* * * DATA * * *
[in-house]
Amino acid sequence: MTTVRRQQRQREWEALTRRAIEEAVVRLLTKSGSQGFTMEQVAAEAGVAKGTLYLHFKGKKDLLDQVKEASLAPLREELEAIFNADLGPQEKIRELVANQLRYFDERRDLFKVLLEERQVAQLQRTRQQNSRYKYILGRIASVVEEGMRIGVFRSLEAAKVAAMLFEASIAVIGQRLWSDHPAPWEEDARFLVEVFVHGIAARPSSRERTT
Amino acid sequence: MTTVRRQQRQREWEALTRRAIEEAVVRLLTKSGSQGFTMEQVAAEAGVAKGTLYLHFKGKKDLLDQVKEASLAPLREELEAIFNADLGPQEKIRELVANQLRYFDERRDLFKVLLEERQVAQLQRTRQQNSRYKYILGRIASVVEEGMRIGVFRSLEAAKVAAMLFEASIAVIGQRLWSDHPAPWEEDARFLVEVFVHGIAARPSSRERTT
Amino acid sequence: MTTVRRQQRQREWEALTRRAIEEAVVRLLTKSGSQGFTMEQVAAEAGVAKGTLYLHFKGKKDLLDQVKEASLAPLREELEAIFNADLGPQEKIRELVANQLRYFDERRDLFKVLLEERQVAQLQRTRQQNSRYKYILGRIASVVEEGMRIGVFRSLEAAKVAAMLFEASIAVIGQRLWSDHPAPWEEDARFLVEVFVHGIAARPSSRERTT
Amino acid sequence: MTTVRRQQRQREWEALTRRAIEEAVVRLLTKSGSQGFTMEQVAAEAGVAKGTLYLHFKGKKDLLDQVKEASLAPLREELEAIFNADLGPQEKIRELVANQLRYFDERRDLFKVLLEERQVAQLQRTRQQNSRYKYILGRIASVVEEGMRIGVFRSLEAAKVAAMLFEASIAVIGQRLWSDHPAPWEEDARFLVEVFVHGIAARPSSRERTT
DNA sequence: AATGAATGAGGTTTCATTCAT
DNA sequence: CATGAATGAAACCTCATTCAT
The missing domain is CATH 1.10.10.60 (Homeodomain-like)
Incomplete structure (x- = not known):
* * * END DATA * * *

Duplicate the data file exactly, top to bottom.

[in-house]
Amino acid sequence: MTTVRRQQRQREWEALTRRAIEEAVVRLLTKSGSQGFTMEQVAAEAGVAKGTLYLHFKGKKDLLDQVKEASLAPLREELEAIFNADLGPQEKIRELVANQLRYFDERRDLFKVLLEERQVAQLQRTRQQNSRYKYILGRIASVVEEGMRIGVFRSLEAAKVAAMLFEASIAVIGQRLWSDHPAPWEEDARFLVEVFVHGIAARPSSRERTT
Amino acid sequence: MTTVRRQQRQREWEALTRRAIEEAVVRLLTKSGSQGFTMEQVAAEAGVAKGTLYLHFKGKKDLLDQVKEASLAPLREELEAIFNADLGPQEKIRELVANQLRYFDERRDLFKVLLEERQVAQLQRTRQQNSRYKYILGRIASVVEEGMRIGVFRSLEAAKVAAMLFEASIAVIGQRLWSDHPAPWEEDARFLVEVFVHGIAARPSSRERTT
Amino acid sequence: MTTVRRQQRQREWEALTRRAIEEAVVRLLTKSGSQGFTMEQVAAEAGVAKGTLYLHFKGKKDLLDQVKEASLAPLREELEAIFNADLGPQEKIRELVANQLRYFDERRDLFKVLLEERQVAQLQRTRQQNSRYKYILGRIASVVEEGMRIGVFRSLEAAKVAAMLFEASIAVIGQRLWSDHPAPWEEDARFLVEVFVHGIAARPSSRERTT
Amino acid sequence: MTTVRRQQRQREWEALTRRAIEEAVVRLLTKSGSQGFTMEQVAAEAGVAKGTLYLHFKGKKDLLDQVKEASLAPLREELEAIFNADLGPQEKIRELVANQLRYFDERRDLFKVLLEERQVAQLQRTRQQNSRYKYILGRIASVVEEGMRIGVFRSLEAAKVAAMLFEASIAVIGQRLWSDHPAPWEEDARFLVEVFVHGIAARPSSRERTT
DNA sequence: AATGAATGAGGTTTCATTCAT
DNA sequence: CATGAATGAAACCTCATTCAT
The missing domain is CATH 1.10.10.60 (Homeodomain-like)
Incomplete structure (x- = not known):